ACGC votes on levy; results unknown
GROVE CITY -- Ballots for a special school levy were being counted late into the night Thursday and probably well into the early hours of this morning in the Atwater-Cosmos-Grove City School District.
Residents voted on whether or not to raise school taxes to generate new revenue for the district.
The results of the election were not known by press time.
Superintendent Pamela Kyllingstad said the numerous steps for processing the mail-in ballots was "much more time consuming than expected."
The process included opening a double set of envelopes, validating the signatures of the voter and a witness, checking the voter's name against the roster, initialing the ballot as acceptable and then counting the ballot.
When contacted shortly before 11 p.m., Kyllingstad said the actual voting of the ballots hadn't yet begun. She said an election judge told her the results wouldn't be known until this morning.
The number of votes cast wasn't known, but Kyllingstad said there was a good return of the mail-in ballots and a considerable number of residents voted on-site on Thursday at the district office.
"I'm very impressed that people cared enough to vote, no matter which way this goes," she said.
Residents were asked to vote yes or no on a request to place an additional $450 per pupil unit levy on the school district's property taxes. If approved, the levy would generate about $438,000 every year for the seven-year life of the levy.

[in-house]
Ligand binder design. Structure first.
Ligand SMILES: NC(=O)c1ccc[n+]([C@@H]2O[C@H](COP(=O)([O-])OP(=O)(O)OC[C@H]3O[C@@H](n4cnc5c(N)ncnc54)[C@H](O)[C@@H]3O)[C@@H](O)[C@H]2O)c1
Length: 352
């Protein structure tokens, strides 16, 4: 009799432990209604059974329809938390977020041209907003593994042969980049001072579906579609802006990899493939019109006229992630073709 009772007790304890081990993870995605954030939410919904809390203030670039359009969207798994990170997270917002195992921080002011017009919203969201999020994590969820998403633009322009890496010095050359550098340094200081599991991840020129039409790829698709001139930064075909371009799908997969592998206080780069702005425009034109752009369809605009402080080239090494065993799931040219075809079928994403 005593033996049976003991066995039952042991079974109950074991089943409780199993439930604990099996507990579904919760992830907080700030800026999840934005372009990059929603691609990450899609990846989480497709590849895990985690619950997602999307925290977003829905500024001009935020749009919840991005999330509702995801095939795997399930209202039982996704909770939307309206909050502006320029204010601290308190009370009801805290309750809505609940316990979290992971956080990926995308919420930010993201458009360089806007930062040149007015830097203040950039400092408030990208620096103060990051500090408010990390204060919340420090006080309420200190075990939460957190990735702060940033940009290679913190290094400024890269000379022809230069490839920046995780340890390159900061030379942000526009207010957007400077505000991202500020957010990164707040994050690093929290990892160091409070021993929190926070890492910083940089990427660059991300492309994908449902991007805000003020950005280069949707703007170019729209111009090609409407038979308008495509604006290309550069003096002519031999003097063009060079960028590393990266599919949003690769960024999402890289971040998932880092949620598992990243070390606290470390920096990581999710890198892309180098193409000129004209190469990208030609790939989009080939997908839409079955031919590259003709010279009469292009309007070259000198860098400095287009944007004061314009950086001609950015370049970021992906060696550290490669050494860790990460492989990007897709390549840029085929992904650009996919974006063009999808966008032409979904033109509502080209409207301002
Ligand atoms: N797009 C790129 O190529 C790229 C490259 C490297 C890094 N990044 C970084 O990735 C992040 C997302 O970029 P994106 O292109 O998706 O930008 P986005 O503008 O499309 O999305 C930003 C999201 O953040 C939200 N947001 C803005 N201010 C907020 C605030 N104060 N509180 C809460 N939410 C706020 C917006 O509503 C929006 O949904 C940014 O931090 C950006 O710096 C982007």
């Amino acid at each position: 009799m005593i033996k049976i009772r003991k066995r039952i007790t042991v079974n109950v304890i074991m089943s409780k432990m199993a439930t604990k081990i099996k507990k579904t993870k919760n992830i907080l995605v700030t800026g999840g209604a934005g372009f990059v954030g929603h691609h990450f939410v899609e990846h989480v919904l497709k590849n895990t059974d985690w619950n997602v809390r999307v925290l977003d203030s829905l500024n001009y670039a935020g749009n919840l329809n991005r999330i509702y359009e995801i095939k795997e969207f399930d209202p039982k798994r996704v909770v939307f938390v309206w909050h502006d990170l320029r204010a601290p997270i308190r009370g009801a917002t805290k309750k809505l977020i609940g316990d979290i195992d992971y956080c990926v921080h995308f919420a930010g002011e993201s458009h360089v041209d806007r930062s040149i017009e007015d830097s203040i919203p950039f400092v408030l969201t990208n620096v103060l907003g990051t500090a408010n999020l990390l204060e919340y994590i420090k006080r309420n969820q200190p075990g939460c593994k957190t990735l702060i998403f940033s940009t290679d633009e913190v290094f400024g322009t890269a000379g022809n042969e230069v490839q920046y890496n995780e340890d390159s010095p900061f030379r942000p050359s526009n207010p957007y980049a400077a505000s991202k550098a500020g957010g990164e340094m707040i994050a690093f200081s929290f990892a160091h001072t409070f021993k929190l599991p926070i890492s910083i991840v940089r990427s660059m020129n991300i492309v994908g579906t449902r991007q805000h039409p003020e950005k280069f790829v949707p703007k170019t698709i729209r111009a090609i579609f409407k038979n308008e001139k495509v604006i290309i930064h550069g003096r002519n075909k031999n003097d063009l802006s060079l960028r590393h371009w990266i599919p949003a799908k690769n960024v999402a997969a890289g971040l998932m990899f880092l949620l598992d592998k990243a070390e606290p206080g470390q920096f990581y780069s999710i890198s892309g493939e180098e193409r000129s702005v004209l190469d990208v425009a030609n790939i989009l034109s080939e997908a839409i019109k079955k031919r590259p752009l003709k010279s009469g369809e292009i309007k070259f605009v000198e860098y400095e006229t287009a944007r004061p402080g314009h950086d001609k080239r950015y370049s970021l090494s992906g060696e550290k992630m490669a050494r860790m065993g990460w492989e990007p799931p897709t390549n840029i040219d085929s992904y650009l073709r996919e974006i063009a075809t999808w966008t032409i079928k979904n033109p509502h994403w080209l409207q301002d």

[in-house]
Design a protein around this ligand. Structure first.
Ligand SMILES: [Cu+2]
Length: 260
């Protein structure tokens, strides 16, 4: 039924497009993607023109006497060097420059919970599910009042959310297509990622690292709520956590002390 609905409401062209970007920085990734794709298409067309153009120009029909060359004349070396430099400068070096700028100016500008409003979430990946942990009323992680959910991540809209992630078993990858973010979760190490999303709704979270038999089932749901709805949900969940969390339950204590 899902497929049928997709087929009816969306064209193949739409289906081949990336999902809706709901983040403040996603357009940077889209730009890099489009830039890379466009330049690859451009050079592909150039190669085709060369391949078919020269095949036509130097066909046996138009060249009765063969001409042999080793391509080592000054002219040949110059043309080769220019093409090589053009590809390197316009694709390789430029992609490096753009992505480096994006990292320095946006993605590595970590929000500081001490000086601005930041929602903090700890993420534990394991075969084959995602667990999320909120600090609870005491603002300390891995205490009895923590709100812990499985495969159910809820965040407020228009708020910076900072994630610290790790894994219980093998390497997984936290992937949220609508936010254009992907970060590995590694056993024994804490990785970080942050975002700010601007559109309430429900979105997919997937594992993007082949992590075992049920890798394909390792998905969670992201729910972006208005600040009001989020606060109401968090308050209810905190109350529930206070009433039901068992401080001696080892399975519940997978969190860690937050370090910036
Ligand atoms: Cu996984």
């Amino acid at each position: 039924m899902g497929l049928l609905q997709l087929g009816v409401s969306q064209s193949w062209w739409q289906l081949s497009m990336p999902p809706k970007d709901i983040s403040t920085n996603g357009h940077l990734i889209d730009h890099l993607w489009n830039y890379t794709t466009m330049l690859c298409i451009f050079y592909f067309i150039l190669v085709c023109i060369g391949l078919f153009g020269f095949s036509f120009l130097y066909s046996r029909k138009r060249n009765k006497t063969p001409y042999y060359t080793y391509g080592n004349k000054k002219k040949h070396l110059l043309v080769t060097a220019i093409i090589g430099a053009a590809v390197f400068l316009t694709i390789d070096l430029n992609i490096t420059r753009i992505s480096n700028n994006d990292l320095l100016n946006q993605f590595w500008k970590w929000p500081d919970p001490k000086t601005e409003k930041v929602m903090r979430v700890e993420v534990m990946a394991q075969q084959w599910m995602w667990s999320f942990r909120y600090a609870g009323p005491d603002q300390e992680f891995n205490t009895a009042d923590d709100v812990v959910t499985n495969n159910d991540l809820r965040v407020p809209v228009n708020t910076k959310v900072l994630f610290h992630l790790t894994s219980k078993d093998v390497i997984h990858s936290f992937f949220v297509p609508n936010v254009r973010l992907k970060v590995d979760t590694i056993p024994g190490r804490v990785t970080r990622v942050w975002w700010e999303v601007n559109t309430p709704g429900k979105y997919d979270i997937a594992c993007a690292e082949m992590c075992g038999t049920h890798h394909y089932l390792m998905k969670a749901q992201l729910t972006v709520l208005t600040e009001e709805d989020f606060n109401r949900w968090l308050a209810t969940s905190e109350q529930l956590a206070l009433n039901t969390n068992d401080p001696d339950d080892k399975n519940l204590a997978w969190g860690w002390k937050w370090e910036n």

The district voters approved a $650 per pupil-unit operating levy in 2003 that expires in 2010.
The added revenue is needed, said Kyllingstad in a previous interview, to help get the district out of statutory operating debt -- a term in state law that refers to deficit spending of more than 2.5 percent of un-designated general fund revenues.
By law, the district must submit a plan to the state to get out of statutory operating debt within three years. Besides raising new revenue to get out of debt with the proposed levy, the school board also intends to cut expenses by reducing staff and some programs.
If the operating levy is defeated, cuts to staff and programs will be even deeper, said Kyllingstad.
The proposed school levy would increase property taxes by $90 a year on a $60,000 home and $150 on a $100,000 home. For agricultural land, the levy would apply only to the house, garage and one acre of land. Seasonal recreational residential property is not affected by the proposed levy.
The ACGC School Board will meet at 5:30 p.m. on Monday to canvass the vote results.